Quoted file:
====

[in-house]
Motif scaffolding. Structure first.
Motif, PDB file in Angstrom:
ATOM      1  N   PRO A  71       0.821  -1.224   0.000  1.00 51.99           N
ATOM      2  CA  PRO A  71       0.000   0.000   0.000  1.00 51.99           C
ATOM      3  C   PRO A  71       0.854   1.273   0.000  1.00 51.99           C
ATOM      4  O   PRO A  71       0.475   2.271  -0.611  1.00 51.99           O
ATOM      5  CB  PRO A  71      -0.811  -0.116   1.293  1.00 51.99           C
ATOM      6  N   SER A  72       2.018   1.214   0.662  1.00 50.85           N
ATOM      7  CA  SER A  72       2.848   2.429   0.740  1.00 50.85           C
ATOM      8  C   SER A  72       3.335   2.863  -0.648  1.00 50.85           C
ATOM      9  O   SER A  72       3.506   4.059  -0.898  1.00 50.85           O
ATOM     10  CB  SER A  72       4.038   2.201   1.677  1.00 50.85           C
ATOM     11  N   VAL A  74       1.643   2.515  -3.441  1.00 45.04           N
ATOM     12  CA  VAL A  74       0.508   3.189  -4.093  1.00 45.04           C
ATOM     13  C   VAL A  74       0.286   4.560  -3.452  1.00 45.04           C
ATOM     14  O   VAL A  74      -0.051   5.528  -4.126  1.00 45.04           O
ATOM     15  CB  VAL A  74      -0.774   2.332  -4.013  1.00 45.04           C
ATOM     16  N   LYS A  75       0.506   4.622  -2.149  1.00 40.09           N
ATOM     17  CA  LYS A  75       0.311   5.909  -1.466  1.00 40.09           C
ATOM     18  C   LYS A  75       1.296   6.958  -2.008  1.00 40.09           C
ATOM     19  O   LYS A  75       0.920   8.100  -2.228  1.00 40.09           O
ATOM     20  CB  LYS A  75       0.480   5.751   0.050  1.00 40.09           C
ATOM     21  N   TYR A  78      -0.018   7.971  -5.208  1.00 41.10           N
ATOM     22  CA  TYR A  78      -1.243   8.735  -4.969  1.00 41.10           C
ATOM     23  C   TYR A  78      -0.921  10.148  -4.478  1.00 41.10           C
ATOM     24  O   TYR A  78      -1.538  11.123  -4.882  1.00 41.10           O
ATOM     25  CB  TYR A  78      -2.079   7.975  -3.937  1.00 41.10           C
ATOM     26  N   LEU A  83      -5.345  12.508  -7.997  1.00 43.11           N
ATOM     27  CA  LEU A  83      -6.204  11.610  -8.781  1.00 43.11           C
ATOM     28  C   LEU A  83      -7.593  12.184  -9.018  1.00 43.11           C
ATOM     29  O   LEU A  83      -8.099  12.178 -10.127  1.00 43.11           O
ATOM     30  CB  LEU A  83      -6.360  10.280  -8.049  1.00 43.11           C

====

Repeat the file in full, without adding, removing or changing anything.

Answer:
[in-house]
Motif scaffolding. Structure first.
Motif, PDB file in Angstrom:
ATOM      1  N   PRO A  71       0.821  -1.224   0.000  1.00 51.99           N
ATOM      2  CA  PRO A  71       0.000   0.000   0.000  1.00 51.99           C
ATOM      3  C   PRO A  71       0.854   1.273   0.000  1.00 51.99           C
ATOM      4  O   PRO A  71       0.475   2.271  -0.611  1.00 51.99           O
ATOM      5  CB  PRO A  71      -0.811  -0.116   1.293  1.00 51.99           C
ATOM      6  N   SER A  72       2.018   1.214   0.662  1.00 50.85           N
ATOM      7  CA  SER A  72       2.848   2.429   0.740  1.00 50.85           C
ATOM      8  C   SER A  72       3.335   2.863  -0.648  1.00 50.85           C
ATOM      9  O   SER A  72       3.506   4.059  -0.898  1.00 50.85           O
ATOM     10  CB  SER A  72       4.038   2.201   1.677  1.00 50.85           C
ATOM     11  N   VAL A  74       1.643   2.515  -3.441  1.00 45.04           N
ATOM     12  CA  VAL A  74       0.508   3.189  -4.093  1.00 45.04           C
ATOM     13  C   VAL A  74       0.286   4.560  -3.452  1.00 45.04           C
ATOM     14  O   VAL A  74      -0.051   5.528  -4.126  1.00 45.04           O
ATOM     15  CB  VAL A  74      -0.774   2.332  -4.013  1.00 45.04           C
ATOM     16  N   LYS A  75       0.506   4.622  -2.149  1.00 40.09           N
ATOM     17  CA  LYS A  75       0.311   5.909  -1.466  1.00 40.09           C
ATOM     18  C   LYS A  75       1.296   6.958  -2.008  1.00 40.09           C
ATOM     19  O   LYS A  75       0.920   8.100  -2.228  1.00 40.09           O
ATOM     20  CB  LYS A  75       0.480   5.751   0.050  1.00 40.09           C
ATOM     21  N   TYR A  78      -0.018   7.971  -5.208  1.00 41.10           N
ATOM     22  CA  TYR A  78      -1.243   8.735  -4.969  1.00 41.10           C
ATOM     23  C   TYR A  78      -0.921  10.148  -4.478  1.00 41.10           C
ATOM     24  O   TYR A  78      -1.538  11.123  -4.882  1.00 41.10           O
ATOM     25  CB  TYR A  78      -2.079   7.975  -3.937  1.00 41.10           C
ATOM     26  N   LEU A  83      -5.345  12.508  -7.997  1.00 43.11           N
ATOM     27  CA  LEU A  83      -6.204  11.610  -8.781  1.00 43.11           C
ATOM     28  C   LEU A  83      -7.593  12.184  -9.018  1.00 43.11           C
ATOM     29  O   LEU A  83      -8.099  12.178 -10.127  1.00 43.11           O
ATOM     30  CB  LEU A  83      -6.360  10.280  -8.049  1.00 43.11           C